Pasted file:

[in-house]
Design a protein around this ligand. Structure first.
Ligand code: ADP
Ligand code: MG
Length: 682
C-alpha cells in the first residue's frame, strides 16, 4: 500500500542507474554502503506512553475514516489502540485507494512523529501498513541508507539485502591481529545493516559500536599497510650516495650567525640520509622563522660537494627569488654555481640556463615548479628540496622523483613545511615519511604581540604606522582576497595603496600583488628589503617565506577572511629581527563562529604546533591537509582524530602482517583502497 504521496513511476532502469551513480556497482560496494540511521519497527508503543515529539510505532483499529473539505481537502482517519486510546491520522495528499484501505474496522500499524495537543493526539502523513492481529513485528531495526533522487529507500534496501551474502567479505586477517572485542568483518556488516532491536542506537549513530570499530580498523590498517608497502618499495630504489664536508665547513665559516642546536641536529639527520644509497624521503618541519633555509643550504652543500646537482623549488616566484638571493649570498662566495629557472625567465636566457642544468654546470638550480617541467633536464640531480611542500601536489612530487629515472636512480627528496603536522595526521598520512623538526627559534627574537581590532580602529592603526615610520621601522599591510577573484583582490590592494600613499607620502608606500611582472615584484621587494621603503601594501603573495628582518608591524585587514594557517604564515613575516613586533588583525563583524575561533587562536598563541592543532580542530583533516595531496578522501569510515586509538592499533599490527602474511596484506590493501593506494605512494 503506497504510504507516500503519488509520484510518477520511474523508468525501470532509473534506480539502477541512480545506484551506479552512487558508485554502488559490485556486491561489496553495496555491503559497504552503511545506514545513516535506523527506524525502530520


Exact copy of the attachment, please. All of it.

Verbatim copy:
[in-house]
Design a protein around this ligand. Structure first.
Ligand code: ADP
Ligand code: MG
Length: 682
C-alpha cells in the first residue's frame, strides 16, 4: 500500500542507474554502503506512553475514516489502540485507494512523529501498513541508507539485502591481529545493516559500536599497510650516495650567525640520509622563522660537494627569488654555481640556463615548479628540496622523483613545511615519511604581540604606522582576497595603496600583488628589503617565506577572511629581527563562529604546533591537509582524530602482517583502497 504521496513511476532502469551513480556497482560496494540511521519497527508503543515529539510505532483499529473539505481537502482517519486510546491520522495528499484501505474496522500499524495537543493526539502523513492481529513485528531495526533522487529507500534496501551474502567479505586477517572485542568483518556488516532491536542506537549513530570499530580498523590498517608497502618499495630504489664536508665547513665559516642546536641536529639527520644509497624521503618541519633555509643550504652543500646537482623549488616566484638571493649570498662566495629557472625567465636566457642544468654546470638550480617541467633536464640531480611542500601536489612530487629515472636512480627528496603536522595526521598520512623538526627559534627574537581590532580602529592603526615610520621601522599591510577573484583582490590592494600613499607620502608606500611582472615584484621587494621603503601594501603573495628582518608591524585587514594557517604564515613575516613586533588583525563583524575561533587562536598563541592543532580542530583533516595531496578522501569510515586509538592499533599490527602474511596484506590493501593506494605512494 503506497504510504507516500503519488509520484510518477520511474523508468525501470532509473534506480539502477541512480545506484551506479552512487558508485554502488559490485556486491561489496553495496555491503559497504552503511545506514545513516535506523527506524525502530520